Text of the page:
Emily Bett Rickards in the Arrow episode "Human Target." Photo Credit: Dean Buscher/The CW
Emily Bett Rickards in the Arrow episode “Human Target.” Photo Credit: Dean Buscher/The CW

In this episode of Arrow, Felicity and Oliver finally address their relationship and it gives “Olicity” fans a glimmer hope. After Human Target lets slip that Felicity has moved on and is dating Malone, Oliver goes to Felicity to chat. We aren’t sure if it’s the “Olicity” drought we are experiencing, but Amell and Rickards have more chemistry than ever. While their individual storylines aren’t standing out much, their conversation in this episode shows a slight semblance of moving forward. While Oliver assures Felicity he’s okay with her moving forward, Felicity is unable to say if this relationship is “real” or not. The duo might be together, but what is the saying “Absence makes the heart grow fonder?” If they have to date other people to find their way back to each other, we are more than okay with this.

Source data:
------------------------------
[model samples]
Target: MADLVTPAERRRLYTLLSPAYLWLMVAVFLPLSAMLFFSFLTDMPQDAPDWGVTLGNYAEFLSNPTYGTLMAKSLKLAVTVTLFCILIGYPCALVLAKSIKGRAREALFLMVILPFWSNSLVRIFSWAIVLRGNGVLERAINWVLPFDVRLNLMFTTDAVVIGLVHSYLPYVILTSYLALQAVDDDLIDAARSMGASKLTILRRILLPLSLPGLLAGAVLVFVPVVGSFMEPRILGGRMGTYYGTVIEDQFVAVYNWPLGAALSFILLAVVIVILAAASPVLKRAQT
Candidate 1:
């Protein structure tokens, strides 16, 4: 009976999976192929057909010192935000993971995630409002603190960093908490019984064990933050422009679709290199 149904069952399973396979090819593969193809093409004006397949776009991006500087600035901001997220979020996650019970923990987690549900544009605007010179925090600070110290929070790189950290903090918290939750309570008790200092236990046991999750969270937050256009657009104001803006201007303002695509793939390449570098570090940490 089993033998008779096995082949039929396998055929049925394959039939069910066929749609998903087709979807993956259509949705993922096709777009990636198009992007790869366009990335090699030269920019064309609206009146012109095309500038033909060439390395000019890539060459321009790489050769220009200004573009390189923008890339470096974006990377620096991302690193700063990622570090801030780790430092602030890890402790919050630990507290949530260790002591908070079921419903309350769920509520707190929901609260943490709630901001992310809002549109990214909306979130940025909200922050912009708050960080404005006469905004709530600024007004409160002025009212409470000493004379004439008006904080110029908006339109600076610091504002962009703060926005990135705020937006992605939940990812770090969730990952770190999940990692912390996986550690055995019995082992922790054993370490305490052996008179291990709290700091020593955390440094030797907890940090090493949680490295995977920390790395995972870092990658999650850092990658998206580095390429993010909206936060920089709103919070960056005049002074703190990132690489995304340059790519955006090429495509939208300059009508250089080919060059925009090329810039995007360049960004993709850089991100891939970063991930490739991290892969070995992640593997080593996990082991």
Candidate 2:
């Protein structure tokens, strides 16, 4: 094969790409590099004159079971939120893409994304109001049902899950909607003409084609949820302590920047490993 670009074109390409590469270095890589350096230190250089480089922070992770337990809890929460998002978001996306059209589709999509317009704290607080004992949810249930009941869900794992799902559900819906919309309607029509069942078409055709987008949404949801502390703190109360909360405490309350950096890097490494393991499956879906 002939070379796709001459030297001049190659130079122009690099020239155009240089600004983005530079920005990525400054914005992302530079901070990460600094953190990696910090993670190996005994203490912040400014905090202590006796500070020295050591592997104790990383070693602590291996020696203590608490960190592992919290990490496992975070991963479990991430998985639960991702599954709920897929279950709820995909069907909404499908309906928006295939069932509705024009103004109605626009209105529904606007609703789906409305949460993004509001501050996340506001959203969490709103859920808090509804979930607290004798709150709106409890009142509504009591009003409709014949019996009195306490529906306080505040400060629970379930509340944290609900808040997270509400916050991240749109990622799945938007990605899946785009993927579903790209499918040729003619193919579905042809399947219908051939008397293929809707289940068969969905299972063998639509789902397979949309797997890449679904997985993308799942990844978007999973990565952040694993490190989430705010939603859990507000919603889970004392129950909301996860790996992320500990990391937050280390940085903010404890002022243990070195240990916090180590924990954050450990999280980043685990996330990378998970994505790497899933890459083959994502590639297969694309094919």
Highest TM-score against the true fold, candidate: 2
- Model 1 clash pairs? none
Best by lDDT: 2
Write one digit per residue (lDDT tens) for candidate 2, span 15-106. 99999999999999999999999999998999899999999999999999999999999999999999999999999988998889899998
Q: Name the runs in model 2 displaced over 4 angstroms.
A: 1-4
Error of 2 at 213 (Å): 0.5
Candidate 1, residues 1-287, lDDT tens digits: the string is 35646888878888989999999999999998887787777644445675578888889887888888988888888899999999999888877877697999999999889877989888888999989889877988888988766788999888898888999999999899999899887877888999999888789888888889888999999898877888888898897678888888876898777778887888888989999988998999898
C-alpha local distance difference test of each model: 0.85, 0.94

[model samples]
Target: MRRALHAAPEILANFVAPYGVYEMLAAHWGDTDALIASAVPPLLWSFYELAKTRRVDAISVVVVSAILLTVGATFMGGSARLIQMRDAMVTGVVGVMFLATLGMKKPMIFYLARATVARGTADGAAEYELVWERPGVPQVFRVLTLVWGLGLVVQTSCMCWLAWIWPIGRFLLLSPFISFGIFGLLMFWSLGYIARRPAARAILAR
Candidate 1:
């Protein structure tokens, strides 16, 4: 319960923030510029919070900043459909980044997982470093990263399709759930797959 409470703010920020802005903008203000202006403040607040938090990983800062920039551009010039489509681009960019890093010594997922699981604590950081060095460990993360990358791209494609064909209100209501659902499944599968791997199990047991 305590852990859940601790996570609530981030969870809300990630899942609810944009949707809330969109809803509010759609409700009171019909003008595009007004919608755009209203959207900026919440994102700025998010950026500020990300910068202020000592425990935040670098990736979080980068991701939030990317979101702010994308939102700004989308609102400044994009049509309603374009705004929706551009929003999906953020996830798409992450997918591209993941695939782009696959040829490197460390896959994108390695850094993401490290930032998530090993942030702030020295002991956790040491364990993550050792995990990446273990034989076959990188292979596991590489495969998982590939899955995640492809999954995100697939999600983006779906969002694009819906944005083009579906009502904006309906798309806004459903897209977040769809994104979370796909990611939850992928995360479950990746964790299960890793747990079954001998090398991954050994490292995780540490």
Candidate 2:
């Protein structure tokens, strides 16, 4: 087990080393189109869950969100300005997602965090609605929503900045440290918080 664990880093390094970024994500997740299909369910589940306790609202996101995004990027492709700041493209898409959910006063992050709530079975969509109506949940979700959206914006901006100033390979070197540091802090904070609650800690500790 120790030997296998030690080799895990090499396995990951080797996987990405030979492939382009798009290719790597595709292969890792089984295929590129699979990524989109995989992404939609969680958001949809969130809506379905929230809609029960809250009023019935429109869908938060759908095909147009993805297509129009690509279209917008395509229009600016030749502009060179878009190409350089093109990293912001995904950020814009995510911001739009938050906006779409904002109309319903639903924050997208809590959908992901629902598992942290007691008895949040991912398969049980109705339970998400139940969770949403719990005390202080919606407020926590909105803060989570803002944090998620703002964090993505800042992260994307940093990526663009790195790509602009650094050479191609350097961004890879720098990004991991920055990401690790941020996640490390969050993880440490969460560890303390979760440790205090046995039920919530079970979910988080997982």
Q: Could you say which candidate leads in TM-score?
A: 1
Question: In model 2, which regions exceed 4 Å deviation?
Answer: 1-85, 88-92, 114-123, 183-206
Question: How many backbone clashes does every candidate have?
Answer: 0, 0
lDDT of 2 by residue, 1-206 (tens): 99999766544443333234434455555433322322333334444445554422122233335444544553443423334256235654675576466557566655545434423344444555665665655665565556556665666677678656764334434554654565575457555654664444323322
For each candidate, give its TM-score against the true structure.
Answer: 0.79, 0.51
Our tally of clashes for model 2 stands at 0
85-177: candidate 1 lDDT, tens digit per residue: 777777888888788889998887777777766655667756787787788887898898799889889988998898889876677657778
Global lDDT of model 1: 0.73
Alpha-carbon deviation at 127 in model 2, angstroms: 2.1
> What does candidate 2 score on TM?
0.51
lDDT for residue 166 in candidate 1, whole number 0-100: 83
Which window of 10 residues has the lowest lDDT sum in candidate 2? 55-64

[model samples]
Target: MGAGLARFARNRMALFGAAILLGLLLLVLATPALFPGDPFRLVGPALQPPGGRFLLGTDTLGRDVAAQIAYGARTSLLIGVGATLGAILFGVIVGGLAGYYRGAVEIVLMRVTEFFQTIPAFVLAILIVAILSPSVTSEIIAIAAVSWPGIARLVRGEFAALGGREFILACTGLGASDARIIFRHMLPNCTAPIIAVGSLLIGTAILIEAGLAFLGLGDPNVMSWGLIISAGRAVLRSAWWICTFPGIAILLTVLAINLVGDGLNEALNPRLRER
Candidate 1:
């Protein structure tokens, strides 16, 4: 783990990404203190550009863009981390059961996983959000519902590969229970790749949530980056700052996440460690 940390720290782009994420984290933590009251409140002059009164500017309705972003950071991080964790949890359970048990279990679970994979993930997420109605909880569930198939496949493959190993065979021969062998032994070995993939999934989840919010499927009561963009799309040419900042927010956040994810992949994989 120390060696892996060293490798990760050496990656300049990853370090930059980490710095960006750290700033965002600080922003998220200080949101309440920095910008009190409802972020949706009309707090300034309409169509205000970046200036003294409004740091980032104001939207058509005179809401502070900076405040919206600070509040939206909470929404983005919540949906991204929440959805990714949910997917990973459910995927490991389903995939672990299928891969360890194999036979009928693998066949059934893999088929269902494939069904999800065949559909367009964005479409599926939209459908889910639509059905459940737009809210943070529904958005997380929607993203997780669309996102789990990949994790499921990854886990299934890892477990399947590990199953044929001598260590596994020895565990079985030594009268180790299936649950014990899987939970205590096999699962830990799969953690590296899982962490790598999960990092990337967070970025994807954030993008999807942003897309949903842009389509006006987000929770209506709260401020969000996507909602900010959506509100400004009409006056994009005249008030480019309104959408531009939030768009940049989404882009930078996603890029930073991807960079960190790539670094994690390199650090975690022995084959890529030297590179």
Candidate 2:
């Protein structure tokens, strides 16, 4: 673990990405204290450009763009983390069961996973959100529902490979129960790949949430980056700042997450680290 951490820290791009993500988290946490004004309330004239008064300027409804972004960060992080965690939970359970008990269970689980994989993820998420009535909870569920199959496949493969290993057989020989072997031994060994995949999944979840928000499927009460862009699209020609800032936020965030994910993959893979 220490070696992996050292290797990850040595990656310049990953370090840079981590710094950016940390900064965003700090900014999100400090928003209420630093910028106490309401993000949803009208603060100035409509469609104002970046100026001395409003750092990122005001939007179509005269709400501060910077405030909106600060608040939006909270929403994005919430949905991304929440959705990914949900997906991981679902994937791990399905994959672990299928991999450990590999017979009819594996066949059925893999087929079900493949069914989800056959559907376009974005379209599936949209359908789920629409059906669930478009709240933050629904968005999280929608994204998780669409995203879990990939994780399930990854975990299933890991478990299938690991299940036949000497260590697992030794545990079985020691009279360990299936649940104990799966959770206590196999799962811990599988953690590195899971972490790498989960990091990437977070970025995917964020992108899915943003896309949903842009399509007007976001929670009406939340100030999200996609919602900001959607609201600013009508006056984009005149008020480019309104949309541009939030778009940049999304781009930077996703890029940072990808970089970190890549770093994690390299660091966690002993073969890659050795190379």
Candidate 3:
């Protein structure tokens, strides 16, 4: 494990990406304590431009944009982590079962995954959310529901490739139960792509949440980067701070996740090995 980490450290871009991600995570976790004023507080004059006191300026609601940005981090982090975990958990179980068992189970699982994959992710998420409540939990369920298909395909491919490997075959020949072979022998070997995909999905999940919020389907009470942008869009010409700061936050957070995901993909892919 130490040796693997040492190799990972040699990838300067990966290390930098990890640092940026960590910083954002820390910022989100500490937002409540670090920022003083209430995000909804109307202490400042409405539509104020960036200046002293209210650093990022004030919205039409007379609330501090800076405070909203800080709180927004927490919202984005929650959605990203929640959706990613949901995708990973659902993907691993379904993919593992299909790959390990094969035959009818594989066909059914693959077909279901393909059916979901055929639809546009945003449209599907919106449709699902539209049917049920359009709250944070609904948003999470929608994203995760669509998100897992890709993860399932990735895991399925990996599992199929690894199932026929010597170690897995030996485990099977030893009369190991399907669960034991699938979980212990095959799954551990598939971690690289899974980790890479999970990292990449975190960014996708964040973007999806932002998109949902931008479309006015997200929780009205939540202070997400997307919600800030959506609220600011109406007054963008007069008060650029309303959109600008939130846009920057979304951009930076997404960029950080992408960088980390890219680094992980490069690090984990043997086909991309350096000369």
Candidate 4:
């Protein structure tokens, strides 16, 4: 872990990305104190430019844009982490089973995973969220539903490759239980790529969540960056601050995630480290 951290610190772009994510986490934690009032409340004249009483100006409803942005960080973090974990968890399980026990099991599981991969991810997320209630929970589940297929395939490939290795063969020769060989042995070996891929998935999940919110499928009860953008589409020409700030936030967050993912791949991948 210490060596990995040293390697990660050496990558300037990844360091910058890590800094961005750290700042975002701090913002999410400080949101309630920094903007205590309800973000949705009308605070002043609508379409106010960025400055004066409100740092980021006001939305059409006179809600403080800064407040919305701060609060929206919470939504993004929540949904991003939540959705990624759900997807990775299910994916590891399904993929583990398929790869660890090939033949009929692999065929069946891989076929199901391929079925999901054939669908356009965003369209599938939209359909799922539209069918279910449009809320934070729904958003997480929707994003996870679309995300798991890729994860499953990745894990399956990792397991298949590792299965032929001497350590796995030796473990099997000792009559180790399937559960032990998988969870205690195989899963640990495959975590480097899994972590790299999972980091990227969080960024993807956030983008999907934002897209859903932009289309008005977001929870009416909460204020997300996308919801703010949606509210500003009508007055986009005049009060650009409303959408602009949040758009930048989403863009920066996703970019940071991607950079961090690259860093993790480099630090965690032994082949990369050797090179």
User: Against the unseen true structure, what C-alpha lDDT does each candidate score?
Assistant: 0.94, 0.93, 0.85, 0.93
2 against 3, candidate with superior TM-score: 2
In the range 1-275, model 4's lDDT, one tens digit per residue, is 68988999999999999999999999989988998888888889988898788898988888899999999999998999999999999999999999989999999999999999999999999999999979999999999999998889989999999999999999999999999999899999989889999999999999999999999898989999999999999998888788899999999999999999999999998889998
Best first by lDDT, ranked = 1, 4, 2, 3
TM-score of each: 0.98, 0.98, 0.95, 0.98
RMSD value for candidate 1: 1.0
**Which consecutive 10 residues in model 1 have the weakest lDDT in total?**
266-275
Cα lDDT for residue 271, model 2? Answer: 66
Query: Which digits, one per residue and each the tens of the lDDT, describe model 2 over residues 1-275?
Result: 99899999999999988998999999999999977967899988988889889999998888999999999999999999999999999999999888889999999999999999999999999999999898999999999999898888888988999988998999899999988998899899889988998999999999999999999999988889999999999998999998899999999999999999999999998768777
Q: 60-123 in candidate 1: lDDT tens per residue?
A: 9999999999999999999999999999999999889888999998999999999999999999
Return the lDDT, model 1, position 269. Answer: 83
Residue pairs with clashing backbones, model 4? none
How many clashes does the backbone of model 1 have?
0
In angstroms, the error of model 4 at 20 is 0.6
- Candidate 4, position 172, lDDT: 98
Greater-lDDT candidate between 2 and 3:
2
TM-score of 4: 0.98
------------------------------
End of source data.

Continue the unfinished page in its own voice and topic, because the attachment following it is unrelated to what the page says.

Rickards and Amell always work beautifully together and we are truly enjoying their dynamic as friends once again. Felicity makes fun of Oliver with Human Target’s “Oliver Mask” while Oliver reassures Felicity, “I care about you and I will always care about you.” The dynamic this season is mimicking season one and two, which will ultimately make their reunion down the line all the stronger. Rickards and Amell are both the heart of Arrow and these two small moments solidifies this.

This week’s Arrow episode has its weaknesses. By overcrowding episodes with new characters, some plot lines and details are getting swept under the rug. Storylines we wish had more screen time are simply getting lost. That being said, Arrow does have some strong moments and we hope this episode will be a building block for bigger episodes.

Arrow airs Wednesdays at 8/7c on The CW

Overall Grade: B-